A scenario in which Barghouti is elected as Abbas’s heir while he is sitting behind bars is a cause of concern for Israeli military chiefs and the government. Prime Minister Benjamin Netanyahu and Defense Minister Moshe Ya’alon fear that in such eventuality, they may find themselves in a quandary since international pressure to release the “jailed president” would be very strong. On the other hand, they would be under domestic pressure from right-wing circles not to release the master terrorist with “blood on his hands.”

These uncertainties about the future Palestinian leadership are developing against the background of the “routine” current wave of violence that is sweeping Israel and the West Bank. Palestinian factions are involved in a semantic struggle how to define it – Hamas talks about a third intifada and the PA refers to it as a hawa, or eruption. However, what is more important than words and definitions is the reality on the ground.

Since the new cycle of violence began about six months ago, 34 Israeli soldiers and civilians have been killed by Palestinians using knives, vehicles and, more recently, firearms. One hundred and ninety Palestinians, two-thirds of them attackers, have been killed by the IDF, police, security guards and, in rare cases, civilians.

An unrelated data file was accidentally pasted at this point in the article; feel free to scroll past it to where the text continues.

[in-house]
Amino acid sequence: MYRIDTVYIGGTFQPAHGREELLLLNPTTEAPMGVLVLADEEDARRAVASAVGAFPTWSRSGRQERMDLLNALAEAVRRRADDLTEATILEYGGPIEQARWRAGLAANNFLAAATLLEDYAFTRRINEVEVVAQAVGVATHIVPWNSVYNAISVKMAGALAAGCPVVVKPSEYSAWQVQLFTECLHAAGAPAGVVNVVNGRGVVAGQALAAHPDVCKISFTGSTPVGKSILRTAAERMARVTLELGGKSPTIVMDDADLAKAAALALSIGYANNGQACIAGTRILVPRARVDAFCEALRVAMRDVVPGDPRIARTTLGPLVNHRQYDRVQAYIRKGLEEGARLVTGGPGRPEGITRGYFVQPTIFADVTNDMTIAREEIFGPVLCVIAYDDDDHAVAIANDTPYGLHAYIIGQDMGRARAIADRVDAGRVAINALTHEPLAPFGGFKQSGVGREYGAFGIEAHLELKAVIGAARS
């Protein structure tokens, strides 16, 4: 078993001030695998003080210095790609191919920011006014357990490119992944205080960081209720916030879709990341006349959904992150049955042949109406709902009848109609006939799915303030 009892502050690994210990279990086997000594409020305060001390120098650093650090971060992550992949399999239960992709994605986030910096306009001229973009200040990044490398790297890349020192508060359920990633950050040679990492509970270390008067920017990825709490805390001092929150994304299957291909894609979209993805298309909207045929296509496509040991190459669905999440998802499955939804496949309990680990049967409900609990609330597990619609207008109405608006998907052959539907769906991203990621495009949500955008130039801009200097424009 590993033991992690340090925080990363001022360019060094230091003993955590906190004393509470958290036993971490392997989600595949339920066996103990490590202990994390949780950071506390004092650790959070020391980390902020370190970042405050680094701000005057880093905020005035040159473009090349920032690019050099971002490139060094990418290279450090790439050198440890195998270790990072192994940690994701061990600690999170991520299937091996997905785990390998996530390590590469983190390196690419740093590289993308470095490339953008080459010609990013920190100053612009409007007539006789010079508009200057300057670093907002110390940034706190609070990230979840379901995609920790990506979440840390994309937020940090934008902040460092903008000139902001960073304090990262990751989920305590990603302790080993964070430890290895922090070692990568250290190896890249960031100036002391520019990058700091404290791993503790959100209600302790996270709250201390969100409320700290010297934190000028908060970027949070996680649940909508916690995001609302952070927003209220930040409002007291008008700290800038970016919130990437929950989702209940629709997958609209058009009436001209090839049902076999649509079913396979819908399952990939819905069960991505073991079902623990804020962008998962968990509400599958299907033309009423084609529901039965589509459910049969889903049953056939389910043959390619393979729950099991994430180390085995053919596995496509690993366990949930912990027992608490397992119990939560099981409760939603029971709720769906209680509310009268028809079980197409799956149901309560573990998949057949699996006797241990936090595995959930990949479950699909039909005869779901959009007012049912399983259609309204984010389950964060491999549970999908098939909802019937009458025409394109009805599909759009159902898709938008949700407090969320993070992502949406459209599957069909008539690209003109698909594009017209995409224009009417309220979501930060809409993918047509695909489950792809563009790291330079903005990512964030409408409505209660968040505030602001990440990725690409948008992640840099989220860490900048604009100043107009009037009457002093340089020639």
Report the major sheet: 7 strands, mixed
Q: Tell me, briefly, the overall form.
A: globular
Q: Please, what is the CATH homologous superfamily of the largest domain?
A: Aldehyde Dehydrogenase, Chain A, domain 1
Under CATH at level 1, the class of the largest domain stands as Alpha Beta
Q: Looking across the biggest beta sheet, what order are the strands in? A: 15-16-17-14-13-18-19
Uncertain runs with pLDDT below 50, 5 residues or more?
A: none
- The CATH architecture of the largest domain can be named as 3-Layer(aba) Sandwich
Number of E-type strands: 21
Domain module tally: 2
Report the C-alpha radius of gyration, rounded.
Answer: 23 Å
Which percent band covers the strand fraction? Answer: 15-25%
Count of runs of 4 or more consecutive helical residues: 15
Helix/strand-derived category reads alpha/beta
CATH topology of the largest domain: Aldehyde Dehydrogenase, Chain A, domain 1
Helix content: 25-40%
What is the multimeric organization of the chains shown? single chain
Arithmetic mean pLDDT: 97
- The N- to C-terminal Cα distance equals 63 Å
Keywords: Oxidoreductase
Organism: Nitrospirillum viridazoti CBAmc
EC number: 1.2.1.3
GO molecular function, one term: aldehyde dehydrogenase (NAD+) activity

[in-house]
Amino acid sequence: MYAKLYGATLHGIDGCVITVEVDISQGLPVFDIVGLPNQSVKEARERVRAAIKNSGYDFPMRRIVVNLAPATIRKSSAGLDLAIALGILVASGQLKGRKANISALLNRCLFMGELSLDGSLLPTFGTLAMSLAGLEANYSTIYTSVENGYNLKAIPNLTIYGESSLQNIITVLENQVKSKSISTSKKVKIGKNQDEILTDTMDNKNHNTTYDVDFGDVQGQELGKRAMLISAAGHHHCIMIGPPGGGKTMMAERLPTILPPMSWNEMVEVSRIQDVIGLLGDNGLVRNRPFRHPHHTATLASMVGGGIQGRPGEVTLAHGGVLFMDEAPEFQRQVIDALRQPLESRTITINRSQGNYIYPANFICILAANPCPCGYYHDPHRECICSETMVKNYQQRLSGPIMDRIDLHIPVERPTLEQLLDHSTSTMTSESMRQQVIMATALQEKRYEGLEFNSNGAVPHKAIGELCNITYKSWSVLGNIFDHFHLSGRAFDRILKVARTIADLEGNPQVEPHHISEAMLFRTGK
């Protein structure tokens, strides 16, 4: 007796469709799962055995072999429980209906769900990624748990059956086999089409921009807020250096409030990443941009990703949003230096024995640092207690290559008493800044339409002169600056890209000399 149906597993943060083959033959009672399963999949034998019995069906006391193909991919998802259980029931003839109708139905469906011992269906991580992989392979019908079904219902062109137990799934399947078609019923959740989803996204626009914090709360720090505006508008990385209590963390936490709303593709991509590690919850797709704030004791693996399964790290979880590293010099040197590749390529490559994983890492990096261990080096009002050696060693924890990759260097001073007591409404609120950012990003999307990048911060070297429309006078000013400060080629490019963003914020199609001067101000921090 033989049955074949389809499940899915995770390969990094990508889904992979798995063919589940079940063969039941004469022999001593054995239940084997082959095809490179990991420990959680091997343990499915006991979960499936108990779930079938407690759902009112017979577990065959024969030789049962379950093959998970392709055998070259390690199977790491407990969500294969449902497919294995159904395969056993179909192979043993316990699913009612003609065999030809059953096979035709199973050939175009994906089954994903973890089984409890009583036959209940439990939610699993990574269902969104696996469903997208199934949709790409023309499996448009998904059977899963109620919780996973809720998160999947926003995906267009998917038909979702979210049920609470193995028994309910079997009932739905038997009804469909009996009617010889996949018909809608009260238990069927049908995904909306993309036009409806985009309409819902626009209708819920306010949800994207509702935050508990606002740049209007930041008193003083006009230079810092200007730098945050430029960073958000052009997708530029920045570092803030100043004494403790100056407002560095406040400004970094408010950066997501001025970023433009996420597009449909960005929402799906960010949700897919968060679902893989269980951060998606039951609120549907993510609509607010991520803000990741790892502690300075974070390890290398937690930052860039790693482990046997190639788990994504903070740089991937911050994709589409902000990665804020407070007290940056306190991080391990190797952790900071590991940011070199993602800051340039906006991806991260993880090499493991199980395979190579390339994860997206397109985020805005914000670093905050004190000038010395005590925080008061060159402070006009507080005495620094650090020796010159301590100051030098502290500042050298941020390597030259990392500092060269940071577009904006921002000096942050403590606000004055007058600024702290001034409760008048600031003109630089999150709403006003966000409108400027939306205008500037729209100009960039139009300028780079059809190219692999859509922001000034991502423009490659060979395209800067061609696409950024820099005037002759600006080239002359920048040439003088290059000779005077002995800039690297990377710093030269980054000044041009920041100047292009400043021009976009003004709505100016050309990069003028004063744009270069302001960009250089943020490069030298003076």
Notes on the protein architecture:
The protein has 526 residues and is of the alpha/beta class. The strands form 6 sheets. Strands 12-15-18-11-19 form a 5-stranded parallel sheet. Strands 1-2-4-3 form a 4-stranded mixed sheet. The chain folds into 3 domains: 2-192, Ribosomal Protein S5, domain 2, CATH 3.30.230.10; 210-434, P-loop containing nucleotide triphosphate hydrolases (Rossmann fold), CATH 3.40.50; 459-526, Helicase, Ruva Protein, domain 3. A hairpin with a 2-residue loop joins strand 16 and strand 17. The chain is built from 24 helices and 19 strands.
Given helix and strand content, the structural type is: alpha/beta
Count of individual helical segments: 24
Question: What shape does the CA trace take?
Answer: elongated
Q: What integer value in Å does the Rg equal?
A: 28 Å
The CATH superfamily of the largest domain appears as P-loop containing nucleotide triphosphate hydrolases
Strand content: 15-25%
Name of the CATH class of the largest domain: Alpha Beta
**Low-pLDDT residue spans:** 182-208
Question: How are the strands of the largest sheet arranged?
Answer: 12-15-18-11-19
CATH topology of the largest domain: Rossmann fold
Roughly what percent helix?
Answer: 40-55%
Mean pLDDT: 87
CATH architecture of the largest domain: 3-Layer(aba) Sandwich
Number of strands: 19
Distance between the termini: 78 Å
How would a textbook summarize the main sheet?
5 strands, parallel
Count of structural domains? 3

Netanyahu and his cabinet ministers claim that the PA media are to be blamed for inciting violence and fueling the fire. Yet, the truth is much more complex. Israeli military sources admit that while Hamas is indeed inciting and calling for an armed struggle in the West Bank (though not in Hamas-controlled Gaza), Abbas’s position is more nuanced. He and his associates neither shed tears when Israelis are killed nor condemn the acts of terror, but at the same time don’t want it to get out of control. Their hope is that this kind of popular struggle will continue without escalating into a major confrontation between the two sides. In short, they hope to, as a military source described it, “ride and tame the angry tiger.”

At the same time, the PA’s security services continue to maintain their cooperation with the IDF and the Israel Security Agency (Shin Bet Agency). In the past year, at least 80 meetings between the two sides have taken place at the rank of colonel and higher and, occasionally, between the security chiefs.

This cooperation is one of the most important tools in the Israeli intelligence box to thwart terrorism, arrest suspects and confiscate weapons.

Another important tool is economic cooperation.

More than 100,000 Palestinian workers (thousands of them illegal) are employed in Israeli services and construction, and, ironically, building Jewish settlements.

The money they earn is a significant contribution to the Palestinian economy and the PA budget. Another 190,000 are employed by the PA, 20,000 of them as police or security officers. The PA has an annual budget of roughly NIS 15 billion ($3.7b.). More than half originates in the tax returns supplied by Israel for the earnings of the Palestinians workers, 35 percent from local West Bank taxes and levies, and the rest from foreign aid and contributions. The dependency of the Palestinian economy and its 2.7 million inhabitants on Israel is total.